3 September – 2 October 2010 White Cube Mason’s Yard
Known for works that meditate on notions of time, landscape and travel, as well as political and historical memory, Almond brings these themes together in two bodies of work: a series of time-lapse photographs taken in the Faroe Islands, and a film installation shot in northern Siberia.
‘Anthropocene: The Prelude’, is a new three screen film installation which continues Almond’s ongoing interest in the city of Norilsk, about which he first began making works in 2002. Originally a gulag, Norilsk is now predominantly an industrial city that mines large amounts of valuable ores in particular nickel. On entering the basement gallery, the viewer is confronted with a pair of vertical, floor-to-ceiling screens that depict abstracted sections of ice cracking and splitting as if from an intense, unknown force.
The footage is inverted and reversed , making the viewer feel as if they are trapped underneath the ice, while subtle shifts in tone and colour make its surface seem at times dry, or, at others, more like a river of molten lava. Although it appears fantastical, the landscape was in fact shot from the top of a nuclear powered ice-breaking ship used to carve a path through the frozen Yenisei River so that the nickel can be transported to the Arctic Sea and beyond.
The third screen, which almost covers the back wall of the gallery, presents a virtually static shot of the most northerly train track in the world – the Talnah-Norilsk-Dudinka railway, photographed in the harshest of winter conditions. The tracks recede into the distance but the snow and wind soften its linearity, blurring the image so that it looks like a piece of found footage, or an archival film. The film is perhaps the most ethereal of Almond’s works to date, an effect enhanced by the haunting soundscape created specifically for the film by composer Max Richter.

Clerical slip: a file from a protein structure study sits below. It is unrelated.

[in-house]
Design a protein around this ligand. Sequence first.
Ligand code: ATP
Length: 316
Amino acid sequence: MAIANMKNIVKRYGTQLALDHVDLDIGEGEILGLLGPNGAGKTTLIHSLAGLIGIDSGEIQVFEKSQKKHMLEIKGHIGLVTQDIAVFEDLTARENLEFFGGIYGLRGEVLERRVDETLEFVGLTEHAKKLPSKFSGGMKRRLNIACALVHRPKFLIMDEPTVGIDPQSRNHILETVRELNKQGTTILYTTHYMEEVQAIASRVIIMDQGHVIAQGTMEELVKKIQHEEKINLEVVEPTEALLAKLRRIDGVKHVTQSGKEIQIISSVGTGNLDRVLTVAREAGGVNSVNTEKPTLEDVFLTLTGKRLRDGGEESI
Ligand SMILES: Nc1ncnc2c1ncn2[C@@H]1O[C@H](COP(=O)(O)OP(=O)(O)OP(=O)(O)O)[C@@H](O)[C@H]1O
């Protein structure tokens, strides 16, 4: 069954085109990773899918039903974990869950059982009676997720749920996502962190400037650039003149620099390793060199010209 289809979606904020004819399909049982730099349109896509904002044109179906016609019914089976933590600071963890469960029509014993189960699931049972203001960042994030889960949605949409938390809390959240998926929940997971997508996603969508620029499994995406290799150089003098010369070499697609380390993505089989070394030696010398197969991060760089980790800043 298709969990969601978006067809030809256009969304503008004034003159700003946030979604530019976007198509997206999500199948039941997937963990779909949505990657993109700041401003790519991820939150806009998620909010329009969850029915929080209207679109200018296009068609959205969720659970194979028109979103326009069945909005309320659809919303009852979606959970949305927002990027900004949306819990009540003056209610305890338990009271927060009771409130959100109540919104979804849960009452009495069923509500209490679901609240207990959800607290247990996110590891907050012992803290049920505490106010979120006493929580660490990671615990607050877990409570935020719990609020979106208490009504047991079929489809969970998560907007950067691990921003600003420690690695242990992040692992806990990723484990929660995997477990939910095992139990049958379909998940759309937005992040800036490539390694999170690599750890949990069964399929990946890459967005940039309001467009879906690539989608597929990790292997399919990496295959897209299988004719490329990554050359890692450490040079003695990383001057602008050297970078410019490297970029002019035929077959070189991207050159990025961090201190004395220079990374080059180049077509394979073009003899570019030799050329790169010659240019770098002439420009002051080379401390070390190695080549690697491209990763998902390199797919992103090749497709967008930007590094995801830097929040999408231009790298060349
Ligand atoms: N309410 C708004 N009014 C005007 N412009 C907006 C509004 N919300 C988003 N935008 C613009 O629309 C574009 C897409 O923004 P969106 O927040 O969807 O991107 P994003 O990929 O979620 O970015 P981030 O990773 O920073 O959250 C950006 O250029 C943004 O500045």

In stark contrast, Almond’s new series of time-lapse photographs, installed in the ground floor gallery, depict the wild, green landscape of the Faroe Islands, also close to the Arctic Circle. Almond began photographically documenting the passing of time in 1996 with his work ‘Tuesday (1440 minutes)’, which used the artist’s empty studio as the setting to record the passing of a single day. Here, the location encompasses many different kinds of landscape: a cliff edge, a mountain, a sea, a waterfall and a town, while its extreme geographical location means that it experiences very diverse weather.
Almond shot a photograph every minute for every hour of every day during the course of a week, around the longest day of the year. During this period the light barely disappears, but the extreme weather creates striking results: a mountain appears and then disappears, clouds create rain that then feeds the waterfall and the sun sinks behind the mountain so the sea is obscured by shadow. Arranged in sets of 24 framed panels, one for each day, the photographs present a constantly shifting canvas and a melancholy register of the passing of time.